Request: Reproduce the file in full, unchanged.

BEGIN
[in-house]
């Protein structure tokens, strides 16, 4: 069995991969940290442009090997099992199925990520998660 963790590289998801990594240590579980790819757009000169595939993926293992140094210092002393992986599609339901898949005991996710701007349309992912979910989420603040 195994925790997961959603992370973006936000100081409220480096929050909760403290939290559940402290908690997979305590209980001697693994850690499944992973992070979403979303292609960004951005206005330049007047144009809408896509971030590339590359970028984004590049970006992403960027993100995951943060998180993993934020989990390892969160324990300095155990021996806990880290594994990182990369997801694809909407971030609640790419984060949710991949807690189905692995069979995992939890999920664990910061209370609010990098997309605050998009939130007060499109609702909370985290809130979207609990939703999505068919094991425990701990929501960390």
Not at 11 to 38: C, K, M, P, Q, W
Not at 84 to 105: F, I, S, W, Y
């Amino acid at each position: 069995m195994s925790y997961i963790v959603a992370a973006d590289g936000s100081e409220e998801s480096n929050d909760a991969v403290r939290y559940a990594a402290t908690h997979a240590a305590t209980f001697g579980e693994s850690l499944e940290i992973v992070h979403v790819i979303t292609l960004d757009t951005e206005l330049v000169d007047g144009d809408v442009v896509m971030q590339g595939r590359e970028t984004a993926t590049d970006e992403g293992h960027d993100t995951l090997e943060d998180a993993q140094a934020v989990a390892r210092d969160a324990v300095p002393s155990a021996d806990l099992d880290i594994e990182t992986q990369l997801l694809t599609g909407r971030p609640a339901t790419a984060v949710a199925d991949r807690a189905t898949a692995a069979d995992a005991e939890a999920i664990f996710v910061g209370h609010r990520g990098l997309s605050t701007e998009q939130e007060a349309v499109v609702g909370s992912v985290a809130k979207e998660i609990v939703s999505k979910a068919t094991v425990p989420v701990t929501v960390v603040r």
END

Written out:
[in-house]
């Protein structure tokens, strides 16, 4: 069995991969940290442009090997099992199925990520998660 963790590289998801990594240590579980790819757009000169595939993926293992140094210092002393992986599609339901898949005991996710701007349309992912979910989420603040 195994925790997961959603992370973006936000100081409220480096929050909760403290939290559940402290908690997979305590209980001697693994850690499944992973992070979403979303292609960004951005206005330049007047144009809408896509971030590339590359970028984004590049970006992403960027993100995951943060998180993993934020989990390892969160324990300095155990021996806990880290594994990182990369997801694809909407971030609640790419984060949710991949807690189905692995069979995992939890999920664990910061209370609010990098997309605050998009939130007060499109609702909370985290809130979207609990939703999505068919094991425990701990929501960390």
Not at 11 to 38: C, K, M, P, Q, W
Not at 84 to 105: F, I, S, W, Y
């Amino acid at each position: 069995m195994s925790y997961i963790v959603a992370a973006d590289g936000s100081e409220e998801s480096n929050d909760a991969v403290r939290y559940a990594a402290t908690h997979a240590a305590t209980f001697g579980e693994s850690l499944e940290i992973v992070h979403v790819i979303t292609l960004d757009t951005e206005l330049v000169d007047g144009d809408v442009v896509m971030q590339g595939r590359e970028t984004a993926t590049d970006e992403g293992h960027d993100t995951l090997e943060d998180a993993q140094a934020v989990a390892r210092d969160a324990v300095p002393s155990a021996d806990l099992d880290i594994e990182t992986q990369l997801l694809t599609g909407r971030p609640a339901t790419a984060v949710a199925d991949r807690a189905t898949a692995a069979d995992a005991e939890a999920i664990f996710v910061g209370h609010r990520g990098l997309s605050t701007e998009q939130e007060a349309v499109v609702g909370s992912v985290a809130k979207e998660i609990v939703s999505k979910a068919t094991v425990p989420v701990t929501v960390v603040r």